Still another solution is acrylic shells constructed specifically for an in-ground application, like what Sunbelt offers. Another manufacturer, Sedona Spas, started offering an in-ground building process for acrylic spas over 12 years ago, successfully side-stepping the landscaping problem acrylic spas create. “We build a seat wall and set the spa in it — we excavate, pour footings and then build it out of cinder blocks,” says owner Ross Herman. “On one side its left open and we put in an equipment module so we can access everything above ground.”
The development of the Sedona in-ground acrylic spa started when Herman was living on a golf course and didn’t like the idea of the eyesore a portable spa would create if he put one in his backyard. Looking back at his previous experience managing a custom deck company, he recalled that they used to sink the spas halfway into the decking and saw no reason why that couldn’t be done in the ground, too. Herman immediately sought out a patent (U.S. Patent No. 6,381,768), anticipating that his idea would inspire copies.
“We basically retain all of the advantages, energy efficiency and performance of portable spas, but with an in-ground application,” Herman says. He thinks of concrete spas as more of a water feature. “They have minimal jets, aren’t as comfortable as the mold in an acrylic shell, the equipment is remote with reduced efficiency, they’re more expensive to build and more expensive to operate.” Utilizing the benefits of an acrylic spa, Sedona’s offering marries the best of both worlds, comfort and visual appeal, for less overall cost. “We can finish it in a million different ways that match any background design. It’s no longer an eyesore sitting above the ground.”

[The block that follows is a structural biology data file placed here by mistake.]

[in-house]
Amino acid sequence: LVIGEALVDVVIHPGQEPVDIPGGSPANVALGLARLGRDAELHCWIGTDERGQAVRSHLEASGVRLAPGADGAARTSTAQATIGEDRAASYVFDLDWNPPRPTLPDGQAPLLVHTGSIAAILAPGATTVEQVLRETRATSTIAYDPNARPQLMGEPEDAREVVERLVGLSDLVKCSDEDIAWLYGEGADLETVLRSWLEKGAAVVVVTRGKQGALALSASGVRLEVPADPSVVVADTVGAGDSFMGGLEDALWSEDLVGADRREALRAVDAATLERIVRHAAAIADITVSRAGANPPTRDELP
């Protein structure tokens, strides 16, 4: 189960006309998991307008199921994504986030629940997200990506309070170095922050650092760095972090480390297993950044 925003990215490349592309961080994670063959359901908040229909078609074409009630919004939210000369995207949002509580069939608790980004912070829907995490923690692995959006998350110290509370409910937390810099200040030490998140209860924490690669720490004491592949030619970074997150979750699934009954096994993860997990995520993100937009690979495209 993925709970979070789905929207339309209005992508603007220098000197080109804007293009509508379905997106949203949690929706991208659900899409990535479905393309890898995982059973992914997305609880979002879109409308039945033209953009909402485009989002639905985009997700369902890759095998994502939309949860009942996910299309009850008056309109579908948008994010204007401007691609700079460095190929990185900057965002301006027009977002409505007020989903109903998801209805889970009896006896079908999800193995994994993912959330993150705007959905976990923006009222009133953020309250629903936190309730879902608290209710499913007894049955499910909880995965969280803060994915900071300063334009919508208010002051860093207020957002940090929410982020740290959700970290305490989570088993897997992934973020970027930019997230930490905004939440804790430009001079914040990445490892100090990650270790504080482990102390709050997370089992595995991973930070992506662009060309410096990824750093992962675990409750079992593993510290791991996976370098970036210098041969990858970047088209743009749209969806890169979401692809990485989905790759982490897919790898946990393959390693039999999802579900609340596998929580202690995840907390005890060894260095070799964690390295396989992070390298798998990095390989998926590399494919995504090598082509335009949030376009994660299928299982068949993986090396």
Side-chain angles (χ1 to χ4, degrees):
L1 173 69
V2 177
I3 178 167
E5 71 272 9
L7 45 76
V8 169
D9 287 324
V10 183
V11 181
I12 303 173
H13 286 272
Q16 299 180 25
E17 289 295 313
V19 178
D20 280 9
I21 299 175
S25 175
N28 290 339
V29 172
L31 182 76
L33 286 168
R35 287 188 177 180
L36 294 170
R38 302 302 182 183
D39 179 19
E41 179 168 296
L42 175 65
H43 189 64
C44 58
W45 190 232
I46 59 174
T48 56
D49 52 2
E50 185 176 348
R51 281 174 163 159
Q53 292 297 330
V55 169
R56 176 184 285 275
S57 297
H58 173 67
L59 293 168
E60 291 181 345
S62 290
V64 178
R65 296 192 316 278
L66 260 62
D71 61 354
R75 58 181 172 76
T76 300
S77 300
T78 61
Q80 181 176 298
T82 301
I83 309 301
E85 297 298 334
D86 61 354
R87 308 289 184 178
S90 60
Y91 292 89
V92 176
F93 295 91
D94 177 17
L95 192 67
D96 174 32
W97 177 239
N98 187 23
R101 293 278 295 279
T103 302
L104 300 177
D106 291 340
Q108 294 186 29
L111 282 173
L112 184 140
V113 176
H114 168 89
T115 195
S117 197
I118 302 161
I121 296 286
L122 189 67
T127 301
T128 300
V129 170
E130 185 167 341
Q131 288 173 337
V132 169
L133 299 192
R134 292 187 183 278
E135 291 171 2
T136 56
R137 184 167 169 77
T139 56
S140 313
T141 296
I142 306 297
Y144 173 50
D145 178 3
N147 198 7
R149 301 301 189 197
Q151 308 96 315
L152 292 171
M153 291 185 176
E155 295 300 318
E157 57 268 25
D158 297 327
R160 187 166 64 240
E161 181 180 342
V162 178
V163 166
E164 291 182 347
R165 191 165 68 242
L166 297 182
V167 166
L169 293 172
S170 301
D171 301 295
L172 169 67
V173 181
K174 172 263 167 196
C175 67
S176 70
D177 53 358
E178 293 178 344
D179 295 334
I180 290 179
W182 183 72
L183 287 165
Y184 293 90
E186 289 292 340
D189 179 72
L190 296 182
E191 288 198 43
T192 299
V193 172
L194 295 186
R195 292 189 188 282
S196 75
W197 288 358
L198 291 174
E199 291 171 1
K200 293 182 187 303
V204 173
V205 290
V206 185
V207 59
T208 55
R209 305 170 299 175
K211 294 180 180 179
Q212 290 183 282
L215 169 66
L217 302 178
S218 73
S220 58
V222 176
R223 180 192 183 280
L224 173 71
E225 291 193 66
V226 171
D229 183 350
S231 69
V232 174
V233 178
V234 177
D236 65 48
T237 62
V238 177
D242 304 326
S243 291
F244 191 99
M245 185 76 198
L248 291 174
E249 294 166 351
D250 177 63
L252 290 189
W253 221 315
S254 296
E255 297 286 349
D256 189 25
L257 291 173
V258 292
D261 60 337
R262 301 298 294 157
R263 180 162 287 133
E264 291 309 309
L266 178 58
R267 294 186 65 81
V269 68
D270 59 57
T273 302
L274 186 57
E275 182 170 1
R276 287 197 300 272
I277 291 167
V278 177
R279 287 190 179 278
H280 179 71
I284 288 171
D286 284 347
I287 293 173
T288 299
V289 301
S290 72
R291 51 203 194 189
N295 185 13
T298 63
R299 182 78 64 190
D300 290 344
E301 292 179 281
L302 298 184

Sedona builds the spas in Phoenix and then sells them to pool builders or directly to the homeowner, with specifications provided to the hired contractor for construction. While Sedona’s market is primarily in Arizona, sales have occurred out of state on many occasions, including as far away as Maine. Because of its connection to local pool builders and contractors, Sedona has in-ground acrylic spa models in display homes and pool builder shows, in addition to the Sedona factory and showroom.
Harpham says installers need to be mindful of some issues on in-ground projects. Controls should be designed and built to suit an in-ground application. The selection of electric or gas heaters, rather than being a simple matter of choice, must be made based on the availability of utilities where the in-ground will be placed. “Plumbing features into the very bottom of the spa, such as a foot dome, is also probably a bad idea because you don’t want any vertical-type plumbing down there,” Harpham explains. Access becomes nearly impossible once everything is buried in the ground, with masonry sand packing it all in tight. “It’s not terribly serviceable,” Harpham says. “You want to be realistic when it comes to that, too.”